3 new pieces at Olympic Sculpture Park: How do they fit in? - Published in Seattle Times, August 22, 2014
Neither the title "Echo," (in a vague nod to Greek mythology), nor the pose, (meditative, eyes closed), nor the odd, highly original vertical distortion to which the head has been subjected, help us quite sort out what drama this appealing and slightly disturbing creature is meant to be enacting. Up until now monumental heads were reserved for gods and emperors; perhaps Plensa sees "Echo" as a sort of Spanish Buddha, made even more unworldly by her computer-generated stretching, which gives the impression of an apparition in progress. The downside? There isn’t a single trace of an artist’s hand in the giant nymphet’s robotically shaped and polished surface, arbitrarily crossed by horizontal seams.
There is only incidental visual appeal to the other brand-new piece, a summer season sound installation by renowned Seattle artist/composer Trimpin, consisting of three sets of steel headphones, painted to match the Calder nearby. The work juxtaposes ambient and engineered sounds, the better to make us conscious of our audio surroundings - as a consequence, it’s as conceptually subtle as the Ruffner and Plensa are visually potent. I’m not sure that quiet and contemplative are a good match for a site with as many distractions and attractions as the park, and musical in the conventional sense the piece is not, toy piano sound track notwithstanding. My favorite elements of the work are Trimpin’s low-tech inputs, visible just over a fence: a huge rotating rain stick piped into one set of headphones, a huge funnel facing Elliot Avenue collecting sound for another.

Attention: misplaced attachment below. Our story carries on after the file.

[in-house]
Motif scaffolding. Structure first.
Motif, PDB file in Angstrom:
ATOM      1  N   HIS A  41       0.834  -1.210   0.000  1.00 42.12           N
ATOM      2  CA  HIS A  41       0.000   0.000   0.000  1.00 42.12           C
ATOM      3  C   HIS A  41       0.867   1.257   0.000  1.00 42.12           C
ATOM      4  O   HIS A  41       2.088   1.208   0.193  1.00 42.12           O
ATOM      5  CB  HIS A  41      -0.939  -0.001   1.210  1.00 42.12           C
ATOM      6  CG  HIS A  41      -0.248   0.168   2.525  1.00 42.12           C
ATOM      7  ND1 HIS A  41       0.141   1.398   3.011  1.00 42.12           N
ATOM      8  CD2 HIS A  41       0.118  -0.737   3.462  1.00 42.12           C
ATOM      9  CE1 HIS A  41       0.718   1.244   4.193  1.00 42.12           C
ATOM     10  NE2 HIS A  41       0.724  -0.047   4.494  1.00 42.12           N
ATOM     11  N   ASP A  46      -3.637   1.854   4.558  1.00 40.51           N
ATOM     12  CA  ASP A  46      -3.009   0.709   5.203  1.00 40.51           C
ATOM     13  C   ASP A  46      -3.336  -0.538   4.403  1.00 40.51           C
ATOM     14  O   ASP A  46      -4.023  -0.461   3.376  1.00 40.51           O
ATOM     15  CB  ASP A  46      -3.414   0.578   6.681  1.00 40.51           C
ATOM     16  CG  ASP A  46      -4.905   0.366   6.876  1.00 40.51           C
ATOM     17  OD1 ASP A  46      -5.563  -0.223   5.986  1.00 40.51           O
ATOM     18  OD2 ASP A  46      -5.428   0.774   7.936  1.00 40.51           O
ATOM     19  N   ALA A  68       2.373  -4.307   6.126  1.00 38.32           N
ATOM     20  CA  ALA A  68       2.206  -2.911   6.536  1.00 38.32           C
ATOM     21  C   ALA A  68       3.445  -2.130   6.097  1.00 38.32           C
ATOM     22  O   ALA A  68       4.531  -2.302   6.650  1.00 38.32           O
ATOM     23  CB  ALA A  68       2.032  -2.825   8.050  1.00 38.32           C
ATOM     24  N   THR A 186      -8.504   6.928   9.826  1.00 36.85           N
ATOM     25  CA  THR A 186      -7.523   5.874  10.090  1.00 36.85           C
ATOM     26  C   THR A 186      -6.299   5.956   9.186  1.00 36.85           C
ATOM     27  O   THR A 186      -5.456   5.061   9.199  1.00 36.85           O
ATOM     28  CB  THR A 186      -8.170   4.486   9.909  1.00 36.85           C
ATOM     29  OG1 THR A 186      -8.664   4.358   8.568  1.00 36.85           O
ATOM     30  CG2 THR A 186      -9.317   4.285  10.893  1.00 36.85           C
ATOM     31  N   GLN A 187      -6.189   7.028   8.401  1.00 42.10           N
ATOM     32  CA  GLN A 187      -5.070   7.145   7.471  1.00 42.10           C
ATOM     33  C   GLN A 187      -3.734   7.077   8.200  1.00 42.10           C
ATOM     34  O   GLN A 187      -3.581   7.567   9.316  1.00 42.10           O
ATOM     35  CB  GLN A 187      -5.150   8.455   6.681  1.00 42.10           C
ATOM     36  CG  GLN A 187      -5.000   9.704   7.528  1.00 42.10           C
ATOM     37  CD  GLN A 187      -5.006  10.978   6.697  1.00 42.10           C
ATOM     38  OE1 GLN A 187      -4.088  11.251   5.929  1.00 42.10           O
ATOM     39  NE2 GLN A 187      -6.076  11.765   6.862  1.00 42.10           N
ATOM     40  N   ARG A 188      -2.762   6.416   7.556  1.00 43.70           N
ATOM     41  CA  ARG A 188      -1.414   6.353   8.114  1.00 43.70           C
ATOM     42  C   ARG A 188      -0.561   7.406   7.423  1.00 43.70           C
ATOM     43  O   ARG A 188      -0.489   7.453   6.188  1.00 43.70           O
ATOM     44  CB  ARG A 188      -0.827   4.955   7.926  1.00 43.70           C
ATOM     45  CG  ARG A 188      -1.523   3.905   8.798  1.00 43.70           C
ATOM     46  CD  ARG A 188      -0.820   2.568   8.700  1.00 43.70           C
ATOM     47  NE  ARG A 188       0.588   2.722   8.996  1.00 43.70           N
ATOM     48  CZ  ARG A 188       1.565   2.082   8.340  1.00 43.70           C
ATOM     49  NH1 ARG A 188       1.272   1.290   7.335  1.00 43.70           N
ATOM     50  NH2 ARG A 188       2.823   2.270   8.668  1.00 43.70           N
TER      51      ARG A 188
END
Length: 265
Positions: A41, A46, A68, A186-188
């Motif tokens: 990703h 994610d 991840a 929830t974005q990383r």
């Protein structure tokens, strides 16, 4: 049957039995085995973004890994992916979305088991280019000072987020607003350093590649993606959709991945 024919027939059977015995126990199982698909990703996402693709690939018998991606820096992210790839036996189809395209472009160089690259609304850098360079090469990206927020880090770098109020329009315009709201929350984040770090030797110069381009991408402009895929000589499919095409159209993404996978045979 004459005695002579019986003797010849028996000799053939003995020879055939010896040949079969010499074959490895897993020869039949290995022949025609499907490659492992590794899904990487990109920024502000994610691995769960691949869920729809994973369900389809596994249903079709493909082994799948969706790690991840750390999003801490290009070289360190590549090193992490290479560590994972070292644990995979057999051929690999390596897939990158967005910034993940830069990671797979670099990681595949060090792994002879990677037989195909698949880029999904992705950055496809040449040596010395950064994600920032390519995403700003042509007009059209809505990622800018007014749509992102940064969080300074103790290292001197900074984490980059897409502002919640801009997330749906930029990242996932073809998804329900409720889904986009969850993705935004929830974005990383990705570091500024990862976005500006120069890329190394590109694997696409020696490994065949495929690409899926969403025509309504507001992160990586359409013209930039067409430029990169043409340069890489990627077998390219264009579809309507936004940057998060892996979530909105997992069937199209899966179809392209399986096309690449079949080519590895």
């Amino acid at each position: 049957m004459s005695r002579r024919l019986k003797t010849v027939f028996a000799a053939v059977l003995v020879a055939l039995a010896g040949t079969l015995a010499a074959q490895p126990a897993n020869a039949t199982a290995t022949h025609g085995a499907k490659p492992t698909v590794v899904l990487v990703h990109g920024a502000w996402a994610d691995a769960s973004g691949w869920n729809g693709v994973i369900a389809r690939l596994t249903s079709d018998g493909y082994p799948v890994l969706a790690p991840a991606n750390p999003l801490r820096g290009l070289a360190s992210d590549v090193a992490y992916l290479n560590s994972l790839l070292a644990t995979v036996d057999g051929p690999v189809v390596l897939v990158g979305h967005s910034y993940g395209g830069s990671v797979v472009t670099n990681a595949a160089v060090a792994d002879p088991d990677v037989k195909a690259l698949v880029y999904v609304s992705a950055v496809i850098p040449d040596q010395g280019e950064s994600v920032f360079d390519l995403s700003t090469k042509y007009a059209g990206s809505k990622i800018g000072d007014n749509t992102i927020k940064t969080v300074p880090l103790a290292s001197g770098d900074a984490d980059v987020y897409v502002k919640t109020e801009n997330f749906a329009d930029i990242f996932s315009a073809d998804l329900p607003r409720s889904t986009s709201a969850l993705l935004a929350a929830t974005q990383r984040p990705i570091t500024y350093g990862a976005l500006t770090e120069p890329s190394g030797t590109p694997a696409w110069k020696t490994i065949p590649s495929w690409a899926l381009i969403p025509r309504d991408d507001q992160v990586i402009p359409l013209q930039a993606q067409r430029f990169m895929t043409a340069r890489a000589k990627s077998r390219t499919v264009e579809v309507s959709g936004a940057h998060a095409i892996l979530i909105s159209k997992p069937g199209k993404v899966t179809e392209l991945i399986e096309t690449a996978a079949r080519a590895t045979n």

Sculpture parks are by their nature eclectic, mixing and matching works of widely differing scale and style. Seattle’s park, a triumph of geo-engineering and landscape design, is also a challenge to curate. Going forward, SAM would be wise to go light on the mid-century modern, heavy on the “Wow”.